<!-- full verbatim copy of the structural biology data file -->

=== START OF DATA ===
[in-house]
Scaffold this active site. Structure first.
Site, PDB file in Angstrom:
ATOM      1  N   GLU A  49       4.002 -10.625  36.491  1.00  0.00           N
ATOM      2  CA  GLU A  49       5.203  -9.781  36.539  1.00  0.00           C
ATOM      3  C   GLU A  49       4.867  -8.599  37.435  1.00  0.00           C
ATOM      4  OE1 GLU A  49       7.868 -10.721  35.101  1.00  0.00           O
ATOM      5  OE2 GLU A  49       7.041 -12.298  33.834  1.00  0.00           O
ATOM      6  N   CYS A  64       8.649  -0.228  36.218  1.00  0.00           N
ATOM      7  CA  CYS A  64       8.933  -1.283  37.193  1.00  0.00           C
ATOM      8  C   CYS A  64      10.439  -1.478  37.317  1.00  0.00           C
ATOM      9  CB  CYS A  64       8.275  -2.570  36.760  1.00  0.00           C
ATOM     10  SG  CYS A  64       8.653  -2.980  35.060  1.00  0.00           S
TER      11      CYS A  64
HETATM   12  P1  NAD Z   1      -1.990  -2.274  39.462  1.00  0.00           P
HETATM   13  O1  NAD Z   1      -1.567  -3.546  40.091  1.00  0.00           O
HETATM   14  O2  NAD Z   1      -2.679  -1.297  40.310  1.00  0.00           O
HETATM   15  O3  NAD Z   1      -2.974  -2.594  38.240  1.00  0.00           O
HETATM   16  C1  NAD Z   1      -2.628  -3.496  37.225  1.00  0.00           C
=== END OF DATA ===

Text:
[in-house]
Scaffold this active site. Structure first.
Site, PDB file in Angstrom:
ATOM      1  N   GLU A  49       4.002 -10.625  36.491  1.00  0.00           N
ATOM      2  CA  GLU A  49       5.203  -9.781  36.539  1.00  0.00           C
ATOM      3  C   GLU A  49       4.867  -8.599  37.435  1.00  0.00           C
ATOM      4  OE1 GLU A  49       7.868 -10.721  35.101  1.00  0.00           O
ATOM      5  OE2 GLU A  49       7.041 -12.298  33.834  1.00  0.00           O
ATOM      6  N   CYS A  64       8.649  -0.228  36.218  1.00  0.00           N
ATOM      7  CA  CYS A  64       8.933  -1.283  37.193  1.00  0.00           C
ATOM      8  C   CYS A  64      10.439  -1.478  37.317  1.00  0.00           C
ATOM      9  CB  CYS A  64       8.275  -2.570  36.760  1.00  0.00           C
ATOM     10  SG  CYS A  64       8.653  -2.980  35.060  1.00  0.00           S
TER      11      CYS A  64
HETATM   12  P1  NAD Z   1      -1.990  -2.274  39.462  1.00  0.00           P
HETATM   13  O1  NAD Z   1      -1.567  -3.546  40.091  1.00  0.00           O
HETATM   14  O2  NAD Z   1      -2.679  -1.297  40.310  1.00  0.00           O
HETATM   15  O3  NAD Z   1      -2.974  -2.594  38.240  1.00  0.00           O
HETATM   16  C1  NAD Z   1      -2.628  -3.496  37.225  1.00  0.00           C